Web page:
The sap can be mixed with other ingredients to produce glue. Lozenges can also be made from the juice after it has been refined.
Shiriish is a boundary plant which produces good quality wood.
Kusum (Oleosa Schleichera)
Kusum is sometimes referred to as “the lac tree” in English because it is a host to lac insects. It should not be confused with safflower, the kusum flower.
Arjuna (Terminalia Arjuna)
Arjuna can be used as a roadside tree. Tasar silk worms can be grown on it, and the wood is often used for furniture. Indian Laburnum (Sondál, Cassia Fiftula) The fruit of Indian laburum is called “banda lathi” in Bengali because it looks like a large lathi or stick. It can be used as a boundary plant.
Palásh is an important lac host.
Acasia Catechu (Khayer)
Acasia catechu is also known as “the cutch tree” in English. The gum should not be used for making lozenges, but is an ingredient for making glue. Kattha, one of the ingredients for making pán (betel leaf for chewing), can be made from it.
Screw Pine (Ketakii, Keorá, Pandanus) Screw pine is known as “ketaki” in Saḿskrta and “keorá” in Hindi and Bengali. There are many varieties, such as ram ban kewada and naga ketaki. Both these varieties help to prevent soil erosion. The screw pine lives for 2000 years and grows well in rocky areas and along the banks of rivers. It likes moist air. Scent is made from the flowers and the wood is also useful.
Tál Kát́ál (Thai Ragam, Dalacca) Tál Kát́ál is a palm which is useful as an intermittent boundary plant. The wood may be used to construct furniture.
Tamarind (Tentut) The roots of tamarind are very fibrous. It is an important riverside tree because the fibrous roots help check erosion. However, the trees gives off bad air, so it should be planted with simul and neem, which give off good air, to balance this effect. The sour fruit is beneficial for the health and is widely used in cooking and confectionery. Tamarind is very popular in South India. Indian Rosewood (Shál, Dalbergia Latifolia) Indian rosewood can be used to produce wood, latex, floral nectar, tasar silk, oil, etc. The fruit and leaves are also useful. It is a common roadside tree. Piyá Shál (Pterocarpus Marsupium) Piyá shál is used to produce wood. Bees also like the flowers. Garjan (Dipterocarpus Alatus) Garjan is sometimes called “the mangrove tree”. It is a useful roadside plant, and is used to produce wood and oil. Betel Nut (Supári) Betel nut is a popular chewing nut in South Asia and particularly India. The nut is mixed with betel leaf, lime, etc. and chewed until the saliva turns red. It is a static stimulant and should not be eaten by those following a sentient diet. It is a plant of the palm group and requires a lot of rain or water, but it cannot tolerate waterlogging. It grows well on the slopes of Assam. Betel leaf is a creeper which does not require tilling. Betel leaf should not be confused with betel nut. Some varieties of betel leaf include:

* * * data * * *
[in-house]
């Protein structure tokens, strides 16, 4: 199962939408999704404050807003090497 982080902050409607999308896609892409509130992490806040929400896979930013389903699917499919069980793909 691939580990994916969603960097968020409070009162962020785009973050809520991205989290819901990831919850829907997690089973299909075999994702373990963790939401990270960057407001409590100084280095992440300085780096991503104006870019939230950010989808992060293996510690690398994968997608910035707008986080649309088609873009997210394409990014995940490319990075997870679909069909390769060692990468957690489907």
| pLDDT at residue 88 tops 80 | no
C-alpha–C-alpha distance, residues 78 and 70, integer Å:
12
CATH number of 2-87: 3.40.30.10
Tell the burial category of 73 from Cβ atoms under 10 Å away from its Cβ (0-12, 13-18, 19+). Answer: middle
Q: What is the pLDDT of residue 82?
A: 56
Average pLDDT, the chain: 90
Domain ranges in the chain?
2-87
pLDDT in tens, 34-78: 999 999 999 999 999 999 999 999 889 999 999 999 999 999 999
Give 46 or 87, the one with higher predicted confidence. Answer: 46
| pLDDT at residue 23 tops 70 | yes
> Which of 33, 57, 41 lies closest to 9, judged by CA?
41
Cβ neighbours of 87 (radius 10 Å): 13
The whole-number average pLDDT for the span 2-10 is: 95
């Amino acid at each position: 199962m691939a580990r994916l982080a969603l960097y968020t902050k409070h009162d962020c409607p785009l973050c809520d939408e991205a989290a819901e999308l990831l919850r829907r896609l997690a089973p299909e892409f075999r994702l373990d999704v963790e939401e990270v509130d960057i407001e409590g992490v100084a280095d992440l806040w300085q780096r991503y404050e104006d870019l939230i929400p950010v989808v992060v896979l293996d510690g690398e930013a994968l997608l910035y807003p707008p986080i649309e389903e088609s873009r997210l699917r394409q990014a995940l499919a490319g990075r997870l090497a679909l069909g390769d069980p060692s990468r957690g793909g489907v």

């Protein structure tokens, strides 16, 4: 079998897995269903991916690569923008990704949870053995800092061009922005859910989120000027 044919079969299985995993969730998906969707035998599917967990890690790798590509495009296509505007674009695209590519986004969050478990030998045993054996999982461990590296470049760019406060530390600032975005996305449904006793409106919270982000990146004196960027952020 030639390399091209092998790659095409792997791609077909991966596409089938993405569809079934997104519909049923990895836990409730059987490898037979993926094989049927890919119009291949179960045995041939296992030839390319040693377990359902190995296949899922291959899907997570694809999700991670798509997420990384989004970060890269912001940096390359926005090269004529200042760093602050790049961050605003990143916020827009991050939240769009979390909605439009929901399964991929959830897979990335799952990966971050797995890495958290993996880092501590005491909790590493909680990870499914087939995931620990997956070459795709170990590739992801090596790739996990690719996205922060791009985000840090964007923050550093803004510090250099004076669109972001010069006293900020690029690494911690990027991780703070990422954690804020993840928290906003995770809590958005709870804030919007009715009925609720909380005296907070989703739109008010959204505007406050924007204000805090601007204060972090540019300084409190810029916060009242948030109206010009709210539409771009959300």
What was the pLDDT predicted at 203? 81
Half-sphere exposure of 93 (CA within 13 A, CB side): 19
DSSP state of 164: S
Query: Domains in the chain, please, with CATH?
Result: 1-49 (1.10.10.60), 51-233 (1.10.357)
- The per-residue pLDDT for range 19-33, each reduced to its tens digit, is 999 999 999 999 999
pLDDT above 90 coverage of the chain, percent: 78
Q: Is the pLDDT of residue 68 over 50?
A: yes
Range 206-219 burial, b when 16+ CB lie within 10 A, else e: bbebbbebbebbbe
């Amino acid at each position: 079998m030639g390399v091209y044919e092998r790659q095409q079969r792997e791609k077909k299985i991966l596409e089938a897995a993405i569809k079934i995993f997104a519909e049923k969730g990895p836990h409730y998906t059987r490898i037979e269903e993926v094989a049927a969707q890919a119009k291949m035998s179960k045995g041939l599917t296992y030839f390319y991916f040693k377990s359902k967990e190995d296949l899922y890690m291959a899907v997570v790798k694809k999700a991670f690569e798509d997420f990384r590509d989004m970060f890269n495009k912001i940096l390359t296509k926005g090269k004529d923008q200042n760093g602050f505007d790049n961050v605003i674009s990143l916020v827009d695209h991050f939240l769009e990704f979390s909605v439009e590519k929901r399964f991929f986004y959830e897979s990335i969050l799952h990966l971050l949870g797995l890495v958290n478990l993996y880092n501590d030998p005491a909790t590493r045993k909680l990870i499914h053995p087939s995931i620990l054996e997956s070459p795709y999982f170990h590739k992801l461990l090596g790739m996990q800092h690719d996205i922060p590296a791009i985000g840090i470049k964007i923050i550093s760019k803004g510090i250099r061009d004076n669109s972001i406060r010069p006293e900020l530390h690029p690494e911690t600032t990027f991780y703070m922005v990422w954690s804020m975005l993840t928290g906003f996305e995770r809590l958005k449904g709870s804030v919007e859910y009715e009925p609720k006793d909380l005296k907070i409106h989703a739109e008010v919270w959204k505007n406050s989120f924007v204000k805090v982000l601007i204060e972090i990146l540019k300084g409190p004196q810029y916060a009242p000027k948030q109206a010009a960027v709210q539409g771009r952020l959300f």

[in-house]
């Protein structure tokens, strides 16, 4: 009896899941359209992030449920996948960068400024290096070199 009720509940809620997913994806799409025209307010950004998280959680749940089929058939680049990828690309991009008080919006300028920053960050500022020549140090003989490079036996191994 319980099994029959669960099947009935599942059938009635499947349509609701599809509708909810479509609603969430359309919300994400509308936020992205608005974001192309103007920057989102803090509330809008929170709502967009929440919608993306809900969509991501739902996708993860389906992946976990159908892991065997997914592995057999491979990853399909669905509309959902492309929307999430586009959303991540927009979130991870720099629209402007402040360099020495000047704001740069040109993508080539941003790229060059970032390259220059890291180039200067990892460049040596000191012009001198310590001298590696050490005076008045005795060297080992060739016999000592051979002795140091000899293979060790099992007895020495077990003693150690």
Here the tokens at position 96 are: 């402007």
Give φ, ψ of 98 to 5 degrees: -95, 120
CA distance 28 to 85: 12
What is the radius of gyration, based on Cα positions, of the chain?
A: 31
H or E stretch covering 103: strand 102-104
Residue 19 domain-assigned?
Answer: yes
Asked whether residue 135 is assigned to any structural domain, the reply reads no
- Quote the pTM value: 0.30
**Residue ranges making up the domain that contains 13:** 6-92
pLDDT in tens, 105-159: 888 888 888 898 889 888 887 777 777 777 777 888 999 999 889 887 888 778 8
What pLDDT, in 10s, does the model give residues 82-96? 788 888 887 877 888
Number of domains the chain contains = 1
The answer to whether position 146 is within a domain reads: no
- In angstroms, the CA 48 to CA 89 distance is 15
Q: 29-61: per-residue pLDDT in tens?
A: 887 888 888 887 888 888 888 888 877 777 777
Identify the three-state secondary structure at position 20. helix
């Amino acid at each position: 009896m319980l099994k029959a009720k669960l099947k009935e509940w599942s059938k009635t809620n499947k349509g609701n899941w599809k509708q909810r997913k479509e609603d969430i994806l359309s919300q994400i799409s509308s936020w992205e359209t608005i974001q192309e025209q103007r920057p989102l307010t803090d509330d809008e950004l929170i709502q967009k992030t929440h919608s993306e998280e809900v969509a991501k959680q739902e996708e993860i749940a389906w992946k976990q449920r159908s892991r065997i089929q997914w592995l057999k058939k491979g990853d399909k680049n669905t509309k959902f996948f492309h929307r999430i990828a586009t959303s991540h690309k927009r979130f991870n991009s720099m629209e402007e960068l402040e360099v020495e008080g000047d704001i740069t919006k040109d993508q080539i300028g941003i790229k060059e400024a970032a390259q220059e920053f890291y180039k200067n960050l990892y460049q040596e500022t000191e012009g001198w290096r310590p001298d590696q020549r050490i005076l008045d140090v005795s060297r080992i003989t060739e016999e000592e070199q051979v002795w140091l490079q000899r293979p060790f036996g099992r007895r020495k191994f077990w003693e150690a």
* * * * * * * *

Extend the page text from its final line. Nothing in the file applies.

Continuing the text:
báḿlá pán cháchi pán miit́há pán Magahii pán Ghunghat́ pán ROADSIDE PLANTS
Some examples of roadside planting combinations grown at Ánanda Nagar include:
- alternately mango seedlings and eucalyptus ( M + E + M + E …)
- palmyras of different varieties and selected mango seedlings of different varieties planted alternately ( M + P + M + P …)
- mango seedlings and date palm. The date palm should be of the Gujarati and Videhi varieties. (D + B + D + B …)
- date palms of different varieties and blackberries of different varieties. (D+B+D+B…)
- palmyra and different varieties of shade trees, both Indian and non-Indian. (P+S1+P+S2…)
- ebony (ablus), queen crepe myrtle (járul), mahagony, teak (segun). (E+Q+M+S…)
- selected mango seedlings and silk cotton of different varieties. (M+S+M+S…)
- mango and silk cotton with date palm of different varieties and a few banyan trees. Between the banyan trees a few palmyra should be planted instead of date palm. For example, (M+D1+S+M+B+P+B+S+M+D2+S…)
late maple trees in between date palm. (M+D+M+D…) chinar with intermittent date palm. (C+D+C+D…) magnolias mixed with all type of palms. One palm between every two magnolias, including domá tál, African palm, and African oil palm. different shade trees of Indian and non-Indian varieties.
Existing roadside plants should not be destroyed. As a fixed rule agave ahould be the fill-up plant in the case of all the road trees. Tál can also be planted along roadsides. Above the gates of compounds an arch of creepers such as nayan paiṋjana (bouganvillea), madavilata and madhurilata should be planted. Seasonal plants that can be grown in sunny spots, on roof tops and beside roads include calendula, poppy, double zinnia, pansy, carnation and cosmos.
These plants can be obtained from Holland and Belgium. Orchids should not be planted on roadside trees but anywhere else in beauty spots.
February 1988, Calcutta
(1) Páyrá phasal. A minor crop grown in the same field as a main crop. The seeds for a “pigeon crop” are sown by casting them in the same way that one might cast grain to pigeons. –Eds.